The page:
Anna: ‘Cuz it’s cool
Chrigel: Yeah, I mean: both albums have been sold out since a quite long time and many people were still asking for them so many people actually told us “Yeah, you should release them”, like management and the record company. Everybody told us “Yeah, re-release it, seriously!”. Everybody wanted that, but we thought “That’s cheap to just re-released it, it’s not that cool, we don’t want to do that!” and then we had the idea to completely re-record “Vên” which sounded for us at least like an amazing idea, because, you know, those songs are about 10 years ago, those songs are kinda developed together with us and we just thought “It would be cool to re-record it again and just see how the songs sound today”, so yeah, that’s why we decided to do that!
Just before the release date of “The Early Years”, you published on your official Youtube channel a lyric video for the song “Lament”. If I don’t get wrong you said you had completely revised the song. What can you tell us about this choice?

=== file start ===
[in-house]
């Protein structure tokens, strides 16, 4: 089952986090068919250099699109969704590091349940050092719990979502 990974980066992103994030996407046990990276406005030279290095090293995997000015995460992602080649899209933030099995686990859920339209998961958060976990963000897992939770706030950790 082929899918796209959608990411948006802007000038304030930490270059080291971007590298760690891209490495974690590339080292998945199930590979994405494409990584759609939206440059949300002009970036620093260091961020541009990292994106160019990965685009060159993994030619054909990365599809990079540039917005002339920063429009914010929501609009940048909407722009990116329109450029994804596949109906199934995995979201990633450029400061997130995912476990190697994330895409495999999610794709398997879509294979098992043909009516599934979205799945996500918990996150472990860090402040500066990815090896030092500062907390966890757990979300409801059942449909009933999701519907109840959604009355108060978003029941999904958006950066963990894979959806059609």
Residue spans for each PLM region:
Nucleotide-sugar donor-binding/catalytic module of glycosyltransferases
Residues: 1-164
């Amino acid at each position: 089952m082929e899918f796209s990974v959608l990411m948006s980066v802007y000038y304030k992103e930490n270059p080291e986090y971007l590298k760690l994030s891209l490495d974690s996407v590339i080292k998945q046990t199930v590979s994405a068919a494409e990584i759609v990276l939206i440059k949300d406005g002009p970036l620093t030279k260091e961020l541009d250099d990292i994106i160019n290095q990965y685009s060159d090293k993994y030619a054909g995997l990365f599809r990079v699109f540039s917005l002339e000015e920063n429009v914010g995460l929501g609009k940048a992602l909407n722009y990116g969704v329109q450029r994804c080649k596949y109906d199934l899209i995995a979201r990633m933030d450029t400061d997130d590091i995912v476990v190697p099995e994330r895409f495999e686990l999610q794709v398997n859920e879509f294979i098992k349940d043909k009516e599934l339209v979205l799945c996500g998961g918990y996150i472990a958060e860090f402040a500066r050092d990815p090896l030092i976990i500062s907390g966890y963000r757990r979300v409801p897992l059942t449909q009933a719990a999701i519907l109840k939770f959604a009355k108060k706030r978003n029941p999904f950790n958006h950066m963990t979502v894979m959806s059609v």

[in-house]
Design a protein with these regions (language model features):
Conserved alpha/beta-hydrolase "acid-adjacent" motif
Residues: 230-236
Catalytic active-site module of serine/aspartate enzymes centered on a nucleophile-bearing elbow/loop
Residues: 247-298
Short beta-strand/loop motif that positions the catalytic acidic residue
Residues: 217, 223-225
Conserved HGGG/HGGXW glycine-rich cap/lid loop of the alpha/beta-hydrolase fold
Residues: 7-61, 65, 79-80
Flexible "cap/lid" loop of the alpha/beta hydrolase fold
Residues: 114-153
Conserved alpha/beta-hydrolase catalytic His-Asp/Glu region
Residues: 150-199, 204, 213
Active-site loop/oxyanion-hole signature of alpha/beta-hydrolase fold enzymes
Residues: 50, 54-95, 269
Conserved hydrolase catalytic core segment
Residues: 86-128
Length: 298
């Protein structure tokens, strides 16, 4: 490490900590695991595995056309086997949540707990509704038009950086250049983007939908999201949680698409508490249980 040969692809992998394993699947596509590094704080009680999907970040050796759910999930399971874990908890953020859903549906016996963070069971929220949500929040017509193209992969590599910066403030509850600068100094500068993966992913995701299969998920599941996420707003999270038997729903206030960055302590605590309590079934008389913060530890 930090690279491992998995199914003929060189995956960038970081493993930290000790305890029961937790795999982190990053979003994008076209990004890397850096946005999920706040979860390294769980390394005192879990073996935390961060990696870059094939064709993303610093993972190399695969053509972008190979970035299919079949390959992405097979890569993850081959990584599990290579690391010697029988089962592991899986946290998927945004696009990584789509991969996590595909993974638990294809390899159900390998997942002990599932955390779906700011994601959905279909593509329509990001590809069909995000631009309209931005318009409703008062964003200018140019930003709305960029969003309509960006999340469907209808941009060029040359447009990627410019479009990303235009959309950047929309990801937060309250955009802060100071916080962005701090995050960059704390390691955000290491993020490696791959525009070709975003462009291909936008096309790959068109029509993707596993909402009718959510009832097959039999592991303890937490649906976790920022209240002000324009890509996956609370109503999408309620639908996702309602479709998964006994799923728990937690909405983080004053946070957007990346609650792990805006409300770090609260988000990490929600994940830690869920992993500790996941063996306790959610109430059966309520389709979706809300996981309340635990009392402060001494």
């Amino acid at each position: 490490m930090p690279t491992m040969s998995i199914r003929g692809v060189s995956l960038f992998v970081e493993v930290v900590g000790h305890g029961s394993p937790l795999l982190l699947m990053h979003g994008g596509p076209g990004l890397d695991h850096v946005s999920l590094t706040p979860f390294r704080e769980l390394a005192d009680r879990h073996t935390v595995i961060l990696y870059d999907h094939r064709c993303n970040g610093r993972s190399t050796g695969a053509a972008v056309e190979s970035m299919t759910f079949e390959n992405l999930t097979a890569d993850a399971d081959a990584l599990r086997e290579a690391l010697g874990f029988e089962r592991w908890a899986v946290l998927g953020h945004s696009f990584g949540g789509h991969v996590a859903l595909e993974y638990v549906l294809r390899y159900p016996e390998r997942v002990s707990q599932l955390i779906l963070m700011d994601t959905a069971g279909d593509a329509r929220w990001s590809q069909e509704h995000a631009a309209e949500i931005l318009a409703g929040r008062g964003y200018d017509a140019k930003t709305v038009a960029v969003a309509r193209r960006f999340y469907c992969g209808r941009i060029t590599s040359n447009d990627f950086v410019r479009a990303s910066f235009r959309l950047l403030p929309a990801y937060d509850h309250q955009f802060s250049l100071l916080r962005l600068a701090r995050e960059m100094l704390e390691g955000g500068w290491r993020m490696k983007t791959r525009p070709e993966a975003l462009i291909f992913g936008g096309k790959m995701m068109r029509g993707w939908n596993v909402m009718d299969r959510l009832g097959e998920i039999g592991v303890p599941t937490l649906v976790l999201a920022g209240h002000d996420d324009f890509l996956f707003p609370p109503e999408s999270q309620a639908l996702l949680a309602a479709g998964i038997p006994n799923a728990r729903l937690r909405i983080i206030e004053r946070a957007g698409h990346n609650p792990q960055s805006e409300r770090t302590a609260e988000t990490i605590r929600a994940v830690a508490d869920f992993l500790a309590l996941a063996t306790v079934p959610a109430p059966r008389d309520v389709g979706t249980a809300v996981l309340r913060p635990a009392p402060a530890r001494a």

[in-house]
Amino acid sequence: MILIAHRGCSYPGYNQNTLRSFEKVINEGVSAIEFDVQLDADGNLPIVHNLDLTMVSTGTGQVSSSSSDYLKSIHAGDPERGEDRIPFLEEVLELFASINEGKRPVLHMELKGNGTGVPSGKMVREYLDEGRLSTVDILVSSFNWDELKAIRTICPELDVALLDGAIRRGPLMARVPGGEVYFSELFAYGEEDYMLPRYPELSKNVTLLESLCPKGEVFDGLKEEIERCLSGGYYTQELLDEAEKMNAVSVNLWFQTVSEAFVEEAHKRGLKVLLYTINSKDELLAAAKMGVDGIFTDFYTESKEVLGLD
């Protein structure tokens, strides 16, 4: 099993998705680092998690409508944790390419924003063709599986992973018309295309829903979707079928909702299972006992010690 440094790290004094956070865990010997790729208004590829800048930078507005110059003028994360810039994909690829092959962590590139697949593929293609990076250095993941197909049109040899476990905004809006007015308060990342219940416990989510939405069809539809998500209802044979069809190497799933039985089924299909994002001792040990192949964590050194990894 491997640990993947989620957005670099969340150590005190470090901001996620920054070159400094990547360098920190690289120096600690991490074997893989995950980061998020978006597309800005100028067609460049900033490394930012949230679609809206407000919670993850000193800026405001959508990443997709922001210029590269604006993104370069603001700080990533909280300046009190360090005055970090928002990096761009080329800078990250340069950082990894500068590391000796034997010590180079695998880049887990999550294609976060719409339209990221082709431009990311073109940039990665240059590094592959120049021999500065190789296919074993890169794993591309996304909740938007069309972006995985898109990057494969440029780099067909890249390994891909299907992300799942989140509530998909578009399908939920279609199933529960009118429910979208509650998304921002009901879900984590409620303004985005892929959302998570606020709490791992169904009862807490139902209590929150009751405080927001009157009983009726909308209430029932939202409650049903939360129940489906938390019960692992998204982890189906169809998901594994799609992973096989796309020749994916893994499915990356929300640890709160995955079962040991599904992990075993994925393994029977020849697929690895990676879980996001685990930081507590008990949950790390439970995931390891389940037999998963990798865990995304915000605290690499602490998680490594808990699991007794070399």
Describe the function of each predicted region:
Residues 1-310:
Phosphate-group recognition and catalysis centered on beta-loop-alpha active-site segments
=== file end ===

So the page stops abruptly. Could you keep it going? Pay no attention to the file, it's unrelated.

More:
Chrigel: To be honest, I wasn’t too happy with the old lyrics. I mean: the original lyrics were written from a point of view of today looking back to the time of Helvetians and I actually made the exactly same thing but with the time switched and the lyrics now, the new version, are also looking back to the Helvetians but just from 2000 years later. Helvetians were already Romanized and stuff and it’s written from that point. That’s a different version but I prefer it!
“Vên” was released in 2002. At first, there was a song more you couldn’t finish to write. Now, in 2012, this song is finally completed: “Divico” will be part of your own edition of “The Early Years”. Why in Nuclear Blast version of the album the song will not appear?
Chrigel: One reason why we did this now is also because of our 10th anniversary and we just thought that it would have been cool to do something special as well and also to give people something that just comes directly from us. It’s like a personal birthday present or something like that! That’s also why we did this own edition because every little detail about the album is done by ourselves, I mean: everything is done by ourselves. We wanted to have something special on that too so that’s why!